Refurb lessons? What the architect learned

Denise O'Connor learned so much from her own refurb that it changed the way she advises clients

Denise O'Connor explains how the goal for her overall house design was to create an enjoyable home the family could cook, eat and entertain in.

 

In April last year I started on one of my most exciting projects to date: the renovation and extension of my own home. Putting myself in my clients’ shoes was a real eye-opener. Although I’ve been designing homes for more than 15 years, being the “client” gave an entirely fresh perspective. As a a result I have changed the way I advise the homeowners I work with.

Get impartial advice

The whole project started with wanting to extend a tiny utility room to accommodate a bigger fridge. My two boys were eating me out of house and home, and it was impossible to fit everything in our combined fridge-freezer. 

After a brief look at the space, the builder shook his head and said: “Why don’t you extend the house?” He was right; we’d reached a point where we needed extra space, and a bigger fridge wasn’t going to improve things in the long run.

Small projects are okay but not if they are only a stop-gap solution. I often meet people who want to add a room or convert part of their home, but the underlying issue with the house is much more significant. Investing in an attic conversion when the layout of the rest of the home is not working is not the best way to spend your budget. We’ll all favour going for the quick win over the more disruptive solution, so getting some impartial advice is vital to ensure you make the right decision.

Wait until you have the money to do everything

When we first bought we could have done work straight away, but our circumstances were very different (a three-year-old son and another on the way), and our budget was far too small to do all we wanted, so we waited. It was the best decision we could have made.

In the past I have tried to find solutions for clients to help them phase the work so their budget can be spread out. But now, where at all possible, I advise my clients to wait. This often means I talk myself out of a job, but if they can move in and make the house liveable until they have the money to do everything at once, then this is by far the best approach. Not only will they get better value for money and only go through the build process once, but they will also have time in which their plans might change, leading to a better job in the future.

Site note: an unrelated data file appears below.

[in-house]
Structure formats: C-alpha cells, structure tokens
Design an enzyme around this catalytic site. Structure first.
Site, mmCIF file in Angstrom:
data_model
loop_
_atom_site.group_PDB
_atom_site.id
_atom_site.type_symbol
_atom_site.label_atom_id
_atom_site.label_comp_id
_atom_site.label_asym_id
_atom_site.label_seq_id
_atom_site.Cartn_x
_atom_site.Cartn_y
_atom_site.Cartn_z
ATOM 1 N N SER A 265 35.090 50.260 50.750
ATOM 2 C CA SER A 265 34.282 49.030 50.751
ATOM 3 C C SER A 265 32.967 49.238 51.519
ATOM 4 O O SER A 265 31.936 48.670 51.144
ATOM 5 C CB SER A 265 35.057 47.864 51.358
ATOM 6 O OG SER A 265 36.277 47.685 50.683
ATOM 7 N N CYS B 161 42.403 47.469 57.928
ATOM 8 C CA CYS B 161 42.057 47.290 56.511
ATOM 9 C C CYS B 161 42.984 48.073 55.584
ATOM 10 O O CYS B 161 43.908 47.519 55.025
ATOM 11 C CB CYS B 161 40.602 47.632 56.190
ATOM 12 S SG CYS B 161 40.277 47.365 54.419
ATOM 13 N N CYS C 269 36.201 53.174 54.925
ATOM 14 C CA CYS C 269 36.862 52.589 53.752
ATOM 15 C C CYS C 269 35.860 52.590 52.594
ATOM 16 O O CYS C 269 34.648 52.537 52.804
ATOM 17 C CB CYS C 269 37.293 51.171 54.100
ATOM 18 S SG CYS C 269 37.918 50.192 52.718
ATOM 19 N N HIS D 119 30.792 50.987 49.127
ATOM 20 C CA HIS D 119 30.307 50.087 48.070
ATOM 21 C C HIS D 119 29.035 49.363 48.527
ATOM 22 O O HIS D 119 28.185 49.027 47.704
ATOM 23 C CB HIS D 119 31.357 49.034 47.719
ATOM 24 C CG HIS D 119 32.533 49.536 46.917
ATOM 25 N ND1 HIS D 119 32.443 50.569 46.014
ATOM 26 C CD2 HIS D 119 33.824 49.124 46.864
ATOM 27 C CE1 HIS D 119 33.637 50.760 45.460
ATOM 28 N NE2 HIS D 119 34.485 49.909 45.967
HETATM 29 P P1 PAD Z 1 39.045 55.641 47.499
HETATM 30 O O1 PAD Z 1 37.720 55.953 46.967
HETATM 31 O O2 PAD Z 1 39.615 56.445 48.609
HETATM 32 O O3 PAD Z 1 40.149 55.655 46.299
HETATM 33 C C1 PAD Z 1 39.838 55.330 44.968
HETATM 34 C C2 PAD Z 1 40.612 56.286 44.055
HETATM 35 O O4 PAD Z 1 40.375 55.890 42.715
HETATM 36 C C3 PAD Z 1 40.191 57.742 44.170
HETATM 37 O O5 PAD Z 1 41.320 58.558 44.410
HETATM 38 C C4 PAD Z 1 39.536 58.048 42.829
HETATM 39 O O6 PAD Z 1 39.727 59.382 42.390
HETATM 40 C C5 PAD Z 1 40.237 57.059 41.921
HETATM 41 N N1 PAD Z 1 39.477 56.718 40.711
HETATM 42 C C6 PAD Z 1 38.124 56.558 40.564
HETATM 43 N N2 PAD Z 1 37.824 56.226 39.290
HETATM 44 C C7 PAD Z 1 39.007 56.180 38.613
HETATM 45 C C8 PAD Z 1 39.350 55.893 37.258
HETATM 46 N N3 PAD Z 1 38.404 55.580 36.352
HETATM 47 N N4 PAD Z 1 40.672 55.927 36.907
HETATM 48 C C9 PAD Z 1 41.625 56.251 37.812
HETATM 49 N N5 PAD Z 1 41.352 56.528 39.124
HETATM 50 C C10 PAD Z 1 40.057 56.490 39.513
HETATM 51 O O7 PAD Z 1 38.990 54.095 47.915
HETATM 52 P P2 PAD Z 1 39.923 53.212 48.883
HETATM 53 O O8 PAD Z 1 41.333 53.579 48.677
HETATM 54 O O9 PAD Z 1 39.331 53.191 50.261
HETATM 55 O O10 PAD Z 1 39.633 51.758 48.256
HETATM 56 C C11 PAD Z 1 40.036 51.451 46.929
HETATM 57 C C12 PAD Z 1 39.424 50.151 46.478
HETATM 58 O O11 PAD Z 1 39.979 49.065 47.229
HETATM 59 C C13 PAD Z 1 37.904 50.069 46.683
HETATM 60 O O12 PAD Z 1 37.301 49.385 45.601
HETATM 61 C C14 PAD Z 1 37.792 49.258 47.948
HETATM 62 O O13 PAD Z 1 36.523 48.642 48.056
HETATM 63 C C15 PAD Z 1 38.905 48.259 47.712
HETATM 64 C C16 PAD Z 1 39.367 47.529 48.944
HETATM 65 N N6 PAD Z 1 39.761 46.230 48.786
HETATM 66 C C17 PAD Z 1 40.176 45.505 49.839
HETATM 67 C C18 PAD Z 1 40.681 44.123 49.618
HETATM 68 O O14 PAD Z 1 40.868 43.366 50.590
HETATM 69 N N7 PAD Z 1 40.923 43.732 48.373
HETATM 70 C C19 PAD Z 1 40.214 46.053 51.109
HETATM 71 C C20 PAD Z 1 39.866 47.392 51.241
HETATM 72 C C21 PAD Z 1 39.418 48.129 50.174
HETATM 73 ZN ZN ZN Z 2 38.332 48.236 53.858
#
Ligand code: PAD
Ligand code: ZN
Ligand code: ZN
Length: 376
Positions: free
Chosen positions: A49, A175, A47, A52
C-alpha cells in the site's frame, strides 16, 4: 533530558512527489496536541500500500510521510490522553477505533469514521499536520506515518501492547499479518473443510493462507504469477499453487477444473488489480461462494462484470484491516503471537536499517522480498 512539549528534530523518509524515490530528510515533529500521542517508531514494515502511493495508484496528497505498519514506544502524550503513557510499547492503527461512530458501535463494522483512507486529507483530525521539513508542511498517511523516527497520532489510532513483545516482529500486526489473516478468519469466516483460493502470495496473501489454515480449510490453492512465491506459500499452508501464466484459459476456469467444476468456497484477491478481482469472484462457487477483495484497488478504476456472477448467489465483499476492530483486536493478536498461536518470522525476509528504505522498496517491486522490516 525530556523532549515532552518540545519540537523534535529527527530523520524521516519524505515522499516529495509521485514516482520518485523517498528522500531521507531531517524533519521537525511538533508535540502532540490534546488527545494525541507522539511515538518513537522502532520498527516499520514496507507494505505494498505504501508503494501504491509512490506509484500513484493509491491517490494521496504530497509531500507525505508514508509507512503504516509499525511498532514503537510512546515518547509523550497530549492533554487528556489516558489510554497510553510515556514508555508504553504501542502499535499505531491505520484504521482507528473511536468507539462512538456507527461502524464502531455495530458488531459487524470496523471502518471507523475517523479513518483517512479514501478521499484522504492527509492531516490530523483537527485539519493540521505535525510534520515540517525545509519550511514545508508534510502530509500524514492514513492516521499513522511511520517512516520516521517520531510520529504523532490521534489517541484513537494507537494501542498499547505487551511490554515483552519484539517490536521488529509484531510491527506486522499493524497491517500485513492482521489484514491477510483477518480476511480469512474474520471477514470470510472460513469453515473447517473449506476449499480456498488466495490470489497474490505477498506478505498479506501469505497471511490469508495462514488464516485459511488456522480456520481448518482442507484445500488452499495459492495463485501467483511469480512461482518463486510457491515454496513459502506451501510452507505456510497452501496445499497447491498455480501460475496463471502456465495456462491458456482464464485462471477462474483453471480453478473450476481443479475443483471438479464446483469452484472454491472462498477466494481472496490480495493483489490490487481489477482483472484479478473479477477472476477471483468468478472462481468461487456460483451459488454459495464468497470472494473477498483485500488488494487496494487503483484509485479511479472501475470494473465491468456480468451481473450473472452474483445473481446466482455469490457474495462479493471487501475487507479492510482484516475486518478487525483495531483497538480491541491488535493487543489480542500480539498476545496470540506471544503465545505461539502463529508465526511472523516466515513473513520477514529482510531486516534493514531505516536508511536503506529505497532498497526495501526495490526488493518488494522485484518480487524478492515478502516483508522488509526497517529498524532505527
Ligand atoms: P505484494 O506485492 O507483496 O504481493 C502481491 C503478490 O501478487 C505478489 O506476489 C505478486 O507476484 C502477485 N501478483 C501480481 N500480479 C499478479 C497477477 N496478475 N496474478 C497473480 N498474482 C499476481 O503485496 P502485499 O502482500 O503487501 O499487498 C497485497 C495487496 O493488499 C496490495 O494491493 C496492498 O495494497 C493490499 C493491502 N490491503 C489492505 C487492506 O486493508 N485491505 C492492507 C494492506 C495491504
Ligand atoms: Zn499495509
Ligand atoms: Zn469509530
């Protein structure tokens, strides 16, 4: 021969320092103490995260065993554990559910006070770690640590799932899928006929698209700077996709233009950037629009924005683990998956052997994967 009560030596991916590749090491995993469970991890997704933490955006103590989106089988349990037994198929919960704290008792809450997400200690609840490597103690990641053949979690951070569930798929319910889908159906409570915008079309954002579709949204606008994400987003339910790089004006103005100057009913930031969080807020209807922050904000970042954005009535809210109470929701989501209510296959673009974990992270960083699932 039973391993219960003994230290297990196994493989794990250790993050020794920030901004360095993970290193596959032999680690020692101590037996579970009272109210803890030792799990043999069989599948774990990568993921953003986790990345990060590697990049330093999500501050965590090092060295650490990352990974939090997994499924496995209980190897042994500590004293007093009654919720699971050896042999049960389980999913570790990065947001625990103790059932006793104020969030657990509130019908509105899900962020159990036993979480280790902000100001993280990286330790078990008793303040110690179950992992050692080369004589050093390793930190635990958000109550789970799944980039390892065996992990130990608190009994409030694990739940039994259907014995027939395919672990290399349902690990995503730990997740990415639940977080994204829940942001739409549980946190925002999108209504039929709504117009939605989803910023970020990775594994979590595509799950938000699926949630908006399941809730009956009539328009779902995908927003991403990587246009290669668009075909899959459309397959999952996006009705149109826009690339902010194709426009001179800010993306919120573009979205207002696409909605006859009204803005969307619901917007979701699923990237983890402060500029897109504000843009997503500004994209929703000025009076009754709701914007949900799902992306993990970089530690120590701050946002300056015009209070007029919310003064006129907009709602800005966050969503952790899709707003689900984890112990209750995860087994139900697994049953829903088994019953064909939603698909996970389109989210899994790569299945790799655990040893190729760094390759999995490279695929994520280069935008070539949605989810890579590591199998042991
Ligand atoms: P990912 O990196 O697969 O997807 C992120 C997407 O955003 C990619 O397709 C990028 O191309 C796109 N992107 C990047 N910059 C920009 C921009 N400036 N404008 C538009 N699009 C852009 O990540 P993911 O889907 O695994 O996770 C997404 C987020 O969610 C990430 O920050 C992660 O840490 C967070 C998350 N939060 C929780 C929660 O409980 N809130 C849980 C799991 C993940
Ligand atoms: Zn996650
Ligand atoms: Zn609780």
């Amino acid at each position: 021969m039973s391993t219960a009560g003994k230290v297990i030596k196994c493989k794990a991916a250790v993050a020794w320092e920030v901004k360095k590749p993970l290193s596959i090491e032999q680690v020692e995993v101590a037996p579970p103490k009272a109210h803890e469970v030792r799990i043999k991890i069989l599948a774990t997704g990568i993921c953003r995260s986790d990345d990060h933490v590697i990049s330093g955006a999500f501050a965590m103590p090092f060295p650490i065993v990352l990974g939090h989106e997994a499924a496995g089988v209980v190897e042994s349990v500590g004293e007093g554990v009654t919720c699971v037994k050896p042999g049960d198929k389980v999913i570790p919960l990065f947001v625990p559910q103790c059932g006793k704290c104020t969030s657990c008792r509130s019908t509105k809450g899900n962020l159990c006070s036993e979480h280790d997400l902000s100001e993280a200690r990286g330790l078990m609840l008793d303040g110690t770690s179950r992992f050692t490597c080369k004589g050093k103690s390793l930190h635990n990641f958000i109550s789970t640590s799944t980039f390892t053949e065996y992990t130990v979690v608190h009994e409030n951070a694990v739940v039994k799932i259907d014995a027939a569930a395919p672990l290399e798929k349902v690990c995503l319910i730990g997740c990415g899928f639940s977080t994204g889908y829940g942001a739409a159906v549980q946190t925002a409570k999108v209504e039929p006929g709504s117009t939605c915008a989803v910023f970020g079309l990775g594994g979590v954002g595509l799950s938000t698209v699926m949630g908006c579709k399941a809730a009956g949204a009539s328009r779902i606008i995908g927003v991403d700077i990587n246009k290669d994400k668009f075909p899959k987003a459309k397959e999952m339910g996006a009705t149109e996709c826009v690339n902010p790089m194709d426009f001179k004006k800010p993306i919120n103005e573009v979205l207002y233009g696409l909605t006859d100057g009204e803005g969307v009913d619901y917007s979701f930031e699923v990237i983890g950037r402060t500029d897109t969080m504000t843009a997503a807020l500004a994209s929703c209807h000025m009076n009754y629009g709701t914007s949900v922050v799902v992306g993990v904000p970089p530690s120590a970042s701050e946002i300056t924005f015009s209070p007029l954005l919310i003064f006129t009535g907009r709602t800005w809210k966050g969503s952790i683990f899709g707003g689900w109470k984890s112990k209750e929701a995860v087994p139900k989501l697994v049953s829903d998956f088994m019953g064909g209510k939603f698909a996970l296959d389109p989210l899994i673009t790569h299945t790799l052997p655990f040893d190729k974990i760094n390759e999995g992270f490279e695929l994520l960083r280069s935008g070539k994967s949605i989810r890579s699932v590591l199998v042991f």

Overprepare

The build is an unstoppable process; once started, there is no turning back. Be as organised as you can; my advice is to have all of your decisions made before the work starts on site. This is something I’ve always told my clients. But having gone through the process, I now believe this is the best advice I could give anyone taking on a home improvement project.

Once the build starts you’ll feel under pressure. There will be distractions and emotions to deal with, and you won’t be at your best when it comes to making decisions. Having decided details beforehand will significantly lessen the stress and make the process much more bearable. You might even enjoy it.

Build a contingency into your timescale

Build some breathing space into your timescale. The build process is unpredictable, and even the most organised can come up against issues that push the finish date out. 

Our build process took 7½ months, which was pretty good. We had hoped to be ready in seven, but some things took longer than planned and we pushed our move date out to accommodate this. 

Waiting the extra couple of weeks for the builder to be fully finished was worth it. Had we moved in two weeks earlier everyone would have been trying to finish around us and what took two weeks would have dragged out to four or even six weeks. 

It’s never a good idea to move in before the work is complete. Giving the contractor a deadline to work to is essential, but make sure it’s realistic and be prepared to make allowances and adjust your plans accordingly.

Keep your eye on the prize

A home renovation is a complicated process; there are so many moving parts and people involved that there are bound to be hiccups along the way. Try to anticipate where issues might arise. Things will go wrong, but keep an open mind and focus on the solution. Be as organised and decisive as you can be. 

Home renovations and extensions are emotionally exhausting, so my final piece of advice is to stay focused on the end result, because I can promise you it will be worth it. 

Denise O’Connor is an architect and design consultant, @optimisedesign

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